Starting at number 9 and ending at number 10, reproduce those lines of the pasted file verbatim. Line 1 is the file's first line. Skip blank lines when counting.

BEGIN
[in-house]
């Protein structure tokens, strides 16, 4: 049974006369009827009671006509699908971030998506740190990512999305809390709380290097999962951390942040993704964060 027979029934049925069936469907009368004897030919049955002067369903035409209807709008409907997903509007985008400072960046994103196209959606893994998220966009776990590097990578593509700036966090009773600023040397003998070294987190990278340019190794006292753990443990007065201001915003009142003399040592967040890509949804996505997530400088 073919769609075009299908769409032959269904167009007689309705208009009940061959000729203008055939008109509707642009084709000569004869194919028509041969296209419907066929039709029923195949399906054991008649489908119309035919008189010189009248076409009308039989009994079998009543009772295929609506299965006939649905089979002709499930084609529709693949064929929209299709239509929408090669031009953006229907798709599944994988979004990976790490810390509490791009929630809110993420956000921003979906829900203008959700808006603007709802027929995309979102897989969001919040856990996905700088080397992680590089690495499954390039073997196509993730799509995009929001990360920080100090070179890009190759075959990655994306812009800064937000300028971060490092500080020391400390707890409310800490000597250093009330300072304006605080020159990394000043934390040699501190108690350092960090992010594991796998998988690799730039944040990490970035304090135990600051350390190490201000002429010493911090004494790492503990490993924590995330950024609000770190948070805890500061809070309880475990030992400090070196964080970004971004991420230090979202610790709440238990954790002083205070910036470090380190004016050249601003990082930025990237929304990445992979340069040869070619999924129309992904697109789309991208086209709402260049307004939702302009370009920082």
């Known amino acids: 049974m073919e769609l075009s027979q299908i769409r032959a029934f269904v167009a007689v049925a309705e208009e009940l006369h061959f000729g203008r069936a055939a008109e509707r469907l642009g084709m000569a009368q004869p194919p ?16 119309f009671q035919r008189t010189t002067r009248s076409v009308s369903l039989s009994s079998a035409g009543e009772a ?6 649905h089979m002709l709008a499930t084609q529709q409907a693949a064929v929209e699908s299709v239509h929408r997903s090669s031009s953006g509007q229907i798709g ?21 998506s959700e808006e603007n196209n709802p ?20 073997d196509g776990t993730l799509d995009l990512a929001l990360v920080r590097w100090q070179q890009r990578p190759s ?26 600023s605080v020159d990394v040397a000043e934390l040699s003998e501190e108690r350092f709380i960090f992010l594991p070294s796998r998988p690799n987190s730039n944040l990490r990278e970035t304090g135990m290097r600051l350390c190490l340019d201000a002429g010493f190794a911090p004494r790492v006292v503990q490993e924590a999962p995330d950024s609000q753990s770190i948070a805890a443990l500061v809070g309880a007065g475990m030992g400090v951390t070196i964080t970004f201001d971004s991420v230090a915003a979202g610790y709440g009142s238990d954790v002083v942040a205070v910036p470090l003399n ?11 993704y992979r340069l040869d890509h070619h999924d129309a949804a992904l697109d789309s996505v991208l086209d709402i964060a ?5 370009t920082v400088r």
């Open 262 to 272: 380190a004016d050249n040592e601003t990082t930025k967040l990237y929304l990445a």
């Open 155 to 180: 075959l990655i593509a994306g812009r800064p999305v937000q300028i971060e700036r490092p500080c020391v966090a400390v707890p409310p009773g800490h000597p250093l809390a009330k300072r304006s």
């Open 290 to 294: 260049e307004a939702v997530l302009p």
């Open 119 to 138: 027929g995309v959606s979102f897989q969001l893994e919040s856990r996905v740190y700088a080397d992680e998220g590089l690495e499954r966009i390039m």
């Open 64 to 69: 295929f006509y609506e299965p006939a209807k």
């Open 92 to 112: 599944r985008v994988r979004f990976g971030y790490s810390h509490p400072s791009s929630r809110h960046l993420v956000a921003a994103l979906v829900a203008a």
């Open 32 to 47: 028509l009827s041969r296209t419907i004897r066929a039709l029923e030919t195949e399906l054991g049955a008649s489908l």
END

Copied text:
């Open 92 to 112: 599944r985008v994988r979004f990976g971030y790490s810390h509490p400072s791009s929630r809110h960046l993420v956000a921003a994103l979906v829900a203008a």
């Open 32 to 47: 028509l009827s041969r296209t419907i004897r066929a039709l029923e030919t195949e399906l054991g049955a008649s489908l």